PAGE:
WOOD ID POSTER:
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240 woods on a poster (24"x36")


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PERSIMMON

Diospyros spp.




click here for a discussion of the genus Diospyros
Diospyros spp. of the family Ebenaceae

The unique thing about this wood is that it has a VERY small heart area that is deep brown or black, which makes it clear why this is in the ebony family. The wood is generally only available as sapwood, which is creamy white, sometimes mottled with gray, and very hard and tough and resistant to wear but with a large movement in service. Used for golf club heads because of extremely high shock resistance.



my samples:



both sides and both ends of a sample --- this is an EXCELLENT sample, showing as it does the very small "ebony" heart


end grain closeup from the piece directly above


END GRAIN UPDATE from directly above


both sides of a sample plank of Texas persimmon / Diospyros texana --- HUGE enlargements are present.


end grain and end grain closeup of the piece directly above


END GRAIN UPDATE from directly above


both sides of a sample plank of persimmon / Diospyros virginiana --- HUGE enlargements are present. This sample was loaned to me by David Clark whom I thank for this and other contributions to the site. The labeled side is raw but the 2nd side has been sanded down to 240 grit and thus looks a bit richer in color and shows the face grain details a bit better.


end grain and end grain closeup of the piece directly above


END GRAIN UPDATE from directly above


both sides of a sample plank of common persimmon / Diospyros virginiana


end grain and end grain closeup of the piece directly above


END GRAIN UPDATE from directly above


sample plank listed as persimmon / Diospyros virginiana, and end grain --- this is totally unlike my other samples of that species and also totally unlike any description I've ever seen of persimmon, so I'm not at all convinced that it IS persimmon. The end grain closeup below, other than the color difference, DOES look like my other samples, so perhaps this is persimmon. Also, it DOES somewhat resemble some of the web pics below. This NOT being representative of a species is fairly typical of the samples I got from the IWCS, but for this particular wood, I am inclined to think that it IS to some extent because of the wood --- when persimmon is not cut and dried just right, it DOES end up looking bad, although generally it's a lighter gray as you can see from my sample below, and not the brown of this sample plank.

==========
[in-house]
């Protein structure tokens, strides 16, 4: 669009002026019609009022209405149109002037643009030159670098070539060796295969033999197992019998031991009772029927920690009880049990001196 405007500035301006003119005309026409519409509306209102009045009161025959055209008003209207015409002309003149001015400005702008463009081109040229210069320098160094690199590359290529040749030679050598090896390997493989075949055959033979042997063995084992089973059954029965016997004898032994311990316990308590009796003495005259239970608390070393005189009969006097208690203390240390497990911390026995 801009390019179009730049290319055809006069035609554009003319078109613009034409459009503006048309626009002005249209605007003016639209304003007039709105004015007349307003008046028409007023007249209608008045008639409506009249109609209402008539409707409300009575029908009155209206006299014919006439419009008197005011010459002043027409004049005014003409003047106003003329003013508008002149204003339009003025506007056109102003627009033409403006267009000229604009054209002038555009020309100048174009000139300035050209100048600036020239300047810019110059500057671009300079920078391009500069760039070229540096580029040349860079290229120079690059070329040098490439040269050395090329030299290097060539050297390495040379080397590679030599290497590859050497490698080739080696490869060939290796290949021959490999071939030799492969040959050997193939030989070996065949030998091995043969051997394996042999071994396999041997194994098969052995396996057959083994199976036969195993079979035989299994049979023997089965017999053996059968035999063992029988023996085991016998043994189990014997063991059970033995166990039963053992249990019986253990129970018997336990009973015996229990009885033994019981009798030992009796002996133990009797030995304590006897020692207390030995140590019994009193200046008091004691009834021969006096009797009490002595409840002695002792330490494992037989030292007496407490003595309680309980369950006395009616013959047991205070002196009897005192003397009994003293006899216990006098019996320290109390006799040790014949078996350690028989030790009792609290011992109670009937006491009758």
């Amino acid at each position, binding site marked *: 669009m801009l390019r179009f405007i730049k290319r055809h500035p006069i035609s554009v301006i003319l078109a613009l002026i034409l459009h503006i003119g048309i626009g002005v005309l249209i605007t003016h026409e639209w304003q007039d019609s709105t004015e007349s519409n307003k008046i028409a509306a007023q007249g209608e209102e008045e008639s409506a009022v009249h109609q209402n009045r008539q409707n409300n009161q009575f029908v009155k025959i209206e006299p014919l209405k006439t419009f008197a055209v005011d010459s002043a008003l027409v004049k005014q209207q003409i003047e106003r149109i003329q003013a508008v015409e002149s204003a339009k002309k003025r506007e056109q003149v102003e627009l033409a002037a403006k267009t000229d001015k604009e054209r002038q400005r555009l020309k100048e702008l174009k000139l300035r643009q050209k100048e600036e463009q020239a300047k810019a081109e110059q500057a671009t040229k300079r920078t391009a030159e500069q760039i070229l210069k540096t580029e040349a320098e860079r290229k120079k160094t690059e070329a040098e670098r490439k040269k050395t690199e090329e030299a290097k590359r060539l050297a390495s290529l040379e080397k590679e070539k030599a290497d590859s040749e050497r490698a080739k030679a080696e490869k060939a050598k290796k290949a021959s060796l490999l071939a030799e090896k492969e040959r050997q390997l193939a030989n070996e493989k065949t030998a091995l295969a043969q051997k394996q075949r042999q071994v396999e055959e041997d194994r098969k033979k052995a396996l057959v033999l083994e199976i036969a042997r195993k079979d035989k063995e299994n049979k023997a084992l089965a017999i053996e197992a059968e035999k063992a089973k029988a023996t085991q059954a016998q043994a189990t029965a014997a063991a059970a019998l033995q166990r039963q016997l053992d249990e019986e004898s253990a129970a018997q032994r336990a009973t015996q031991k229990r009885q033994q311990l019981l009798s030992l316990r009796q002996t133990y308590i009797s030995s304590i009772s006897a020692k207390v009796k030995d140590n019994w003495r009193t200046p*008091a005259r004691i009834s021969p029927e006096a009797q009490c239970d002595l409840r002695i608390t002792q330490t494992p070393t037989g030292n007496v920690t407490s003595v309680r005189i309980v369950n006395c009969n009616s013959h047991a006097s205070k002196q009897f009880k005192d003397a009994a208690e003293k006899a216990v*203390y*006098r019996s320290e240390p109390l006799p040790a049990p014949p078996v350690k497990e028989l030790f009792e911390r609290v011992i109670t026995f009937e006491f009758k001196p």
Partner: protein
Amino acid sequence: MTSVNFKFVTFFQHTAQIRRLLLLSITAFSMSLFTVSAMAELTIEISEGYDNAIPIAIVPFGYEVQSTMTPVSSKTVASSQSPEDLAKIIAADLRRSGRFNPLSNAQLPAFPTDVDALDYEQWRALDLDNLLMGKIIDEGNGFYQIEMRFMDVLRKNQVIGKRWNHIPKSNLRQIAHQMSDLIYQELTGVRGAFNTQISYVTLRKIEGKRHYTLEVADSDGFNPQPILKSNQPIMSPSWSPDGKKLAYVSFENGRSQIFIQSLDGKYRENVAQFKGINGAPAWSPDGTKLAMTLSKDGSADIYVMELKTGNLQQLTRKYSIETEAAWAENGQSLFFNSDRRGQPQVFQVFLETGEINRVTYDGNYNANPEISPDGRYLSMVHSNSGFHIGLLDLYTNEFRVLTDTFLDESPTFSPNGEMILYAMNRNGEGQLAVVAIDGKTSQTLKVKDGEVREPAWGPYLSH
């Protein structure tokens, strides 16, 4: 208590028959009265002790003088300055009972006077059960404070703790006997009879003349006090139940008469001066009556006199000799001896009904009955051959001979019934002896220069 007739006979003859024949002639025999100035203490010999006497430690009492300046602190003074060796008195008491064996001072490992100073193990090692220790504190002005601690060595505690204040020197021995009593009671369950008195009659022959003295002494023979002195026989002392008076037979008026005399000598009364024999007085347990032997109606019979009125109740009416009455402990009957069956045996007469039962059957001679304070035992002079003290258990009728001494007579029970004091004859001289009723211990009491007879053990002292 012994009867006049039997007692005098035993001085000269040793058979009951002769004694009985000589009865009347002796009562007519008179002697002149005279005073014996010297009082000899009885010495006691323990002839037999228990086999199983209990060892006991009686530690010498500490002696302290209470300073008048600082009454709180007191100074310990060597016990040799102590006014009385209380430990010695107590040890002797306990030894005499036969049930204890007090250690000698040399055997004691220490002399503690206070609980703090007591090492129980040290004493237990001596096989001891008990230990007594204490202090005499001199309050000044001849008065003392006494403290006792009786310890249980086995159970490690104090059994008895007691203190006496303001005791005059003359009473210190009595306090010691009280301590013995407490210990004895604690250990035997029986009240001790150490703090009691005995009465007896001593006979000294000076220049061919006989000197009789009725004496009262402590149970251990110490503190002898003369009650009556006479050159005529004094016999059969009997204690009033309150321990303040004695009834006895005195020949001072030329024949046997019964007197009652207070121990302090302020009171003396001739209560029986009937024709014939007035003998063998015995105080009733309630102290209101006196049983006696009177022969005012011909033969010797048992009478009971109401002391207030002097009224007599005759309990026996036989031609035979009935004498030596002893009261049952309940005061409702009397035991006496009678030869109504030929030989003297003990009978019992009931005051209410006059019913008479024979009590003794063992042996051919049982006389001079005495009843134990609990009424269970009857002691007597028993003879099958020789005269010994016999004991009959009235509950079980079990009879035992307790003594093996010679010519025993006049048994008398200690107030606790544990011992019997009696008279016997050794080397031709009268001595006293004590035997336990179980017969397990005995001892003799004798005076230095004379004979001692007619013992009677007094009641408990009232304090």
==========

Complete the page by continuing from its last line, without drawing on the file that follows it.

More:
end grain closeup of the piece directly above


END GRAIN UPDATE from directly above


both sides of a sample plank of Chinese persimmon / Diospyros kaki --- HUGE enlargements are present. This sample was loaned to me by David Clark whom I thank for this and other contributions to the site. I note that in French Canada, where this was labled, it seems to go by a common name that is just the specific epithet --- It also uses that name in Japan


end grain and end grain closeup of the piece directly above


END GRAIN UPDATE from directly above


both sides of a sample plank of myrtle ebony / Diospyros pentamera --- HUGE enlargements are present. This sample was loaned to me by Mark Peet whom I thank for this and other contributions to the site. This is an Australian member of the ebony family. One of its common names is "Australian persimmon" and another is "gray persimmon".


end grain and end grain closeup of the piece directly above


END GRAIN UPDATE from directly above


this is the dealer's pic of a log section I bought, not fully dried. After a year or two (I forget, actually) of air drying, I split it up and made little planks to use in by bowls, but I am VERY disappointed in the color, which is almost uniformly gray, not even close to white. All of the pieces below are from this small log. There were a lot of worm-holes but I mostly put those on the down side so they don't show up in the pics. The whitish color of the log is accurate --- the gray seems to have crept in over time, and my understanding is that that is common for persimmon.


these pieces are the two sides split directly off the center, showing the classic tiny "ebony" center that is common to persimmon.